2. Music: Whether your flavor of choice is hip hop, pop, rock, or classical, music has inspired generations of overachievers. Music is largely personal so it’s near impossible to find a general list of the most inspiring music, but here’s a list of inspirational songs that spans genres and here is a list of newer inspirational songs (I apologize in advance - this list includes Limp Bizkit). There are also thousands of stories of musicians beating the odds to make it.
3. Entrepreneurs: Chris Dixon recently wrote about the myth of the overnight success. There are no shortage of inspirational business stories out there about people making things happen when their backs were against the wall. Here is one eclectic list of some lesser known stories from Inc.
What drives you? Let us know if the comments. It doesn’t matter what it is, but don’t let excuses get in your way. Get out there and follow through on your ideas and make them happen. You can get started by sharing your ideas at www.thunkmob.com and leveraging the power of our community to help you turn your ideas into reality.
You have to put in many, many, many tiny efforts that nobody sees or appreciates before you achieve anything worthwhile.
The Myth of the Perfect Idea
Over the years I’ve noticed that I have an inherent hesitance to following through on ideas due to an almost subconscious fear of the opportunity cost of not following through on other ideas. By going all in on one idea, I would be giving up on all of the other ideas I come up with.
In hindsight, I wonder how many great ideas I have passed up due to this fear.
This fear seems to be a very natural human trait that can lead to ultimately doing absolutely nothing. As a result, I recently decided that I would put my foot down and follow-through on my next idea. It isn’t a perfect idea, because perfect ideas don’t exist. Ideas are only perfect in hindsight. Ideas are only perfect after an individual has acted on that idea and the general population has determined that an idea makes a lot of sense and provides a lot of value.
As a result, no idea is perfect if it never sees the light of day.
So from all of us here at www.thunkmob.com, we encourage you to share your ideas and put them into action. Stop waiting for the perfect idea to come along and make a promise to yourself that you will take steps to turn your next idea into reality — before you can talk yourself out of it because you thought of something new and better.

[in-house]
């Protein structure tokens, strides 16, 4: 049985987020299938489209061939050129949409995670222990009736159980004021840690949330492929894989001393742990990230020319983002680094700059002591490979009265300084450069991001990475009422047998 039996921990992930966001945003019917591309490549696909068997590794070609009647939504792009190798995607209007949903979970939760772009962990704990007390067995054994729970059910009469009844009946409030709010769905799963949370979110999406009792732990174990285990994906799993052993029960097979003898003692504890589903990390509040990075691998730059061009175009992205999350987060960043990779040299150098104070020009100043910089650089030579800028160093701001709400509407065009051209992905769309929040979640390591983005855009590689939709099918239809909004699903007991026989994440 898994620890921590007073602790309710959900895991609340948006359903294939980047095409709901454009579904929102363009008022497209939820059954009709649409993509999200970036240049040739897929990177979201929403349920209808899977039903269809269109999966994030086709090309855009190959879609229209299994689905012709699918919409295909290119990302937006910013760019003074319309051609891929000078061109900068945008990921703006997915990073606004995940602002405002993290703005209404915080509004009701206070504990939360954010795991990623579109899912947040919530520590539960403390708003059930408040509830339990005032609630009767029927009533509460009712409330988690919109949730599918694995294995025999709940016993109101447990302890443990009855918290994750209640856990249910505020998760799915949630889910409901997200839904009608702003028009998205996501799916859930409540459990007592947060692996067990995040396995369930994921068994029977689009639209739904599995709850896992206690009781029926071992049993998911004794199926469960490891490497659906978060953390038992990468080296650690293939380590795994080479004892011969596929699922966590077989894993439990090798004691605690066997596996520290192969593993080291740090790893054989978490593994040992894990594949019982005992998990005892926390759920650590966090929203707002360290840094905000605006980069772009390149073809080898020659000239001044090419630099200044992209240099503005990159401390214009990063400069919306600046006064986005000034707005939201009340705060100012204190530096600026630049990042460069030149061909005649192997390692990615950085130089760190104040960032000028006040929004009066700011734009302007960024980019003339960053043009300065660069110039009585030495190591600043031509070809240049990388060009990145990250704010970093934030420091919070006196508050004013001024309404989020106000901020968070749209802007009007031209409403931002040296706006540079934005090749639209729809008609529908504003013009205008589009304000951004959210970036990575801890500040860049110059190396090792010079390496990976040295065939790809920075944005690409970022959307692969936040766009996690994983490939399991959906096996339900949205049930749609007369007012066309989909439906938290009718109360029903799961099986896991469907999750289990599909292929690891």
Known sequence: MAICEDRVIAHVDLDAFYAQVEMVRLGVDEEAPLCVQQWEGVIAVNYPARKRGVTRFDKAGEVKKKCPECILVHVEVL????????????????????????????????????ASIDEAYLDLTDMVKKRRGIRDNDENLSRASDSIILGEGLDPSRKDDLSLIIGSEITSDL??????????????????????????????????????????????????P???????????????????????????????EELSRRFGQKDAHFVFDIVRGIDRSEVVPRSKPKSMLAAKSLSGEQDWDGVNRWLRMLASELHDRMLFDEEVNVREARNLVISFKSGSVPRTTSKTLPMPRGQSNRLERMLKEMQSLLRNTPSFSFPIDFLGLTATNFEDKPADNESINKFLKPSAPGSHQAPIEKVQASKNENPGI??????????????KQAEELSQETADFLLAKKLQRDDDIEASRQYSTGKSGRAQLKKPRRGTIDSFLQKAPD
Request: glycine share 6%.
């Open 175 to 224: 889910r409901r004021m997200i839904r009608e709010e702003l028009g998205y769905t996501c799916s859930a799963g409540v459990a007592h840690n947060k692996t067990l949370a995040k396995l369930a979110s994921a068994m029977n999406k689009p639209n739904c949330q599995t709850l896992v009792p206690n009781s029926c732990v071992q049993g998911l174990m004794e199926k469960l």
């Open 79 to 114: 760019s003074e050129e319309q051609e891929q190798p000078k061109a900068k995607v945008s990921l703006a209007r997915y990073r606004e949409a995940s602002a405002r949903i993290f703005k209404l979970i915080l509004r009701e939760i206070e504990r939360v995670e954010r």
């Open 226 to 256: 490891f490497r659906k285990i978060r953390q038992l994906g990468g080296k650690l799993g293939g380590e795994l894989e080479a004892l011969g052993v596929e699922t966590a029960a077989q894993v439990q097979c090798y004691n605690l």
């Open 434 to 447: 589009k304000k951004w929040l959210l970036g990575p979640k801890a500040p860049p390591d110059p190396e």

What Will You Create this Weekend?
As we head into the weekend, I was struck by the thought, what am I going to accomplish this weekend? What am I going to create?
For many people with busy schedules, the weekend is the only part of the week where they may find enough free time to work on a project they have dreamed up. With work, school, social engagements, and (unfortunately) sleep, weekdays generally offer very little time to work on projects of personal interest.
As such, it doesn’t hurt to have a loose goal as you head into the weekend. So with that, we ask:
What will you create this weekend?
We’re all familiar with 3D-printing outfits Shapeways and Makerbot — imagine it blown up big enough to construct an entire house.
The future of our lives is customizable and instant. Through 3D printing we can optimize our every day lives by iterating our every day big objects. Iterating on your house, garage, coffee table, kitchen, and anything else.
Great is the human who has not lost his childlike heart.
Innovation = Idea + Action
There are thousands of articles and posts on any business site talking about what innovation is, what it is not and why it’s dead. While innovation can mean many different things to different people, at it’s core it boils down to 2 key components: an idea and action to make that idea a reality.
You’ll notice that I didn’t use a term like good, great, grand or wonderful to describe the idea. This is because ideas can only be designated as great in hindsight. All ideas are created in the dark recesses of someone’s mind and many seem brilliant at first and then fade while others seem dull or ordinary at first and blow up into mind blowing successes. Zuckerberg didn’t know he had the foundation for a $100+ Billion idea when he created a website for his dorm.
Similarly, ideas are not unique. I hate to bear this news, but we just aren’t that special. Given the size of the human population, I would guess that every possible iteration to modern technology and improvement on the current state of the world has been consciously thought of by at least one person.
Action is what separates the day dreams from the innovations.
An innovation isn’t an idea. An innovation is a tangible result which can only occur when someone creates something based on an idea. More importantly, the action side of this equation dramatically outweighs the idea side. The flawlessly executed, mediocre idea will trump the brilliant idea with no action behind day in and day out.
Oftentimes the hardest part is picking an idea and getting started. So just screw it, pick one, maybe even pick the next idea you have while you’re in the shower or on your way to work, and actually do something about it. Just make a pact to tell 10 people that you are going to work on that idea (You can post your ideas about What is Innovation to www.thunkmob.com) — this will give you the motivation to at least start working on it.
Innovation distinguishes between a leader and a follower.